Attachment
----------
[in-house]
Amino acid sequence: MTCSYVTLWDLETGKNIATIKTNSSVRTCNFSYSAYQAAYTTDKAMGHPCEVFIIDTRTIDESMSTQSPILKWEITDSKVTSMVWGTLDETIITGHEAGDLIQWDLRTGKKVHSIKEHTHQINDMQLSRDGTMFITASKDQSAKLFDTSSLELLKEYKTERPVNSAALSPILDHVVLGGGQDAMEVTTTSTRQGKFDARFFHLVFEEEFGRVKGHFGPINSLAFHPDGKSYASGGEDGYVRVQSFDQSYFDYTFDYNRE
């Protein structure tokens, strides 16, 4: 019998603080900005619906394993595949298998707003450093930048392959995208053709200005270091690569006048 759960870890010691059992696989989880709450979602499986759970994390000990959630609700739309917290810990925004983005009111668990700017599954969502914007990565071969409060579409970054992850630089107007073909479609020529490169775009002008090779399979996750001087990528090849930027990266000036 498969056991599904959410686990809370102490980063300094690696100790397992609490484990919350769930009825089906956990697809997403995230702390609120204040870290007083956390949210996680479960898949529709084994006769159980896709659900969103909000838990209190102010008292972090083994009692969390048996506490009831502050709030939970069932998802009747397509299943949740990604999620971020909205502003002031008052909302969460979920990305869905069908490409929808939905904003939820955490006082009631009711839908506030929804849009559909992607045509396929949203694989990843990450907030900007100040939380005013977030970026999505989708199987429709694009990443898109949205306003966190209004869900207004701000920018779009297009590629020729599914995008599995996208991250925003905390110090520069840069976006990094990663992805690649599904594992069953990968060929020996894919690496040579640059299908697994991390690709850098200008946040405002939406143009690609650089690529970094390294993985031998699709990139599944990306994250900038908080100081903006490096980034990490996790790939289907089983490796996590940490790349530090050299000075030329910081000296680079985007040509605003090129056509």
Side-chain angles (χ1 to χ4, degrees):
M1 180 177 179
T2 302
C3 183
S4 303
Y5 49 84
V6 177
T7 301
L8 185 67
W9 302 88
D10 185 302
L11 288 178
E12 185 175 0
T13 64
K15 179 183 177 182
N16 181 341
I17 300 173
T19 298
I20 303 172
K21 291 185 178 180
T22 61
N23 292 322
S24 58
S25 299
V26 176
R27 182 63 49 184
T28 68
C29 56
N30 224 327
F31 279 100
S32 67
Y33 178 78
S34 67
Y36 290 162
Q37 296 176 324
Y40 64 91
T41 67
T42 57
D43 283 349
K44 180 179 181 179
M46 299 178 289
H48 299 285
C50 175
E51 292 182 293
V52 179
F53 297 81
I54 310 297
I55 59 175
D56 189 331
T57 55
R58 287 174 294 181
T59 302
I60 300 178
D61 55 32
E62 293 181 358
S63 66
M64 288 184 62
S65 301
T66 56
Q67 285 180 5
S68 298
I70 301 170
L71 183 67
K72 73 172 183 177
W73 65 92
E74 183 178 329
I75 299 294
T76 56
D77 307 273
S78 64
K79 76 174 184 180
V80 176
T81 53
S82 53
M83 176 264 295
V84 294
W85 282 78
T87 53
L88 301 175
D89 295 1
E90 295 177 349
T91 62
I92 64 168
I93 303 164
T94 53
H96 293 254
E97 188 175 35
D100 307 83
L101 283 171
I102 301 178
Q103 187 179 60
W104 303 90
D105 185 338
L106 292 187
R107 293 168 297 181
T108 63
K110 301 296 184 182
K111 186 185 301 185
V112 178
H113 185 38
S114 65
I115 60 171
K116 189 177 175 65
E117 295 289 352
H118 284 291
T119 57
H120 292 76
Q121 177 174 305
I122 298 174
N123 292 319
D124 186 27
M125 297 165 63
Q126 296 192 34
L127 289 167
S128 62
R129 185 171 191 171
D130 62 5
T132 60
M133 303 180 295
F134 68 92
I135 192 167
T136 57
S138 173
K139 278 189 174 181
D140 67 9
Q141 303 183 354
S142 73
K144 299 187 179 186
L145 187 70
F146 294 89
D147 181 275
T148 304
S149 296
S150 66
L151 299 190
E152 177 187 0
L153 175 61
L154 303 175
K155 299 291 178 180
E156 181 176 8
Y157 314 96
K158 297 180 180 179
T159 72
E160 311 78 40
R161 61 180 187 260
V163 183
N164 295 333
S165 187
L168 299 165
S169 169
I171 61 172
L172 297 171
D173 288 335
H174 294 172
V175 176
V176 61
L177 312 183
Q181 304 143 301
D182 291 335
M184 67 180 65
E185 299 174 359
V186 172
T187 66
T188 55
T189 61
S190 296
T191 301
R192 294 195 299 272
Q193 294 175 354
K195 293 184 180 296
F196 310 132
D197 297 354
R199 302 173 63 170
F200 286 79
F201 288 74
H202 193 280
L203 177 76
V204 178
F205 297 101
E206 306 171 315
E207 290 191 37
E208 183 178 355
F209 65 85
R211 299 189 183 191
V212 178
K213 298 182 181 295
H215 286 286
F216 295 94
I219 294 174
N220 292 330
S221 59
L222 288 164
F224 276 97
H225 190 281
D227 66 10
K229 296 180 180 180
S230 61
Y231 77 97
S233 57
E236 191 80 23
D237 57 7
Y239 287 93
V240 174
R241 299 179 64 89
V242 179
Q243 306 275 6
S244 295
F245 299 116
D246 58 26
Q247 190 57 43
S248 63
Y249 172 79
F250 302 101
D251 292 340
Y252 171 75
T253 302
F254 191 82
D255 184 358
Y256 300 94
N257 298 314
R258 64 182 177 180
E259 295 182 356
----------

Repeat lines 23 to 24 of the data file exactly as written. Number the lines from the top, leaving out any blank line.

K21 291 185 178 180
T22 61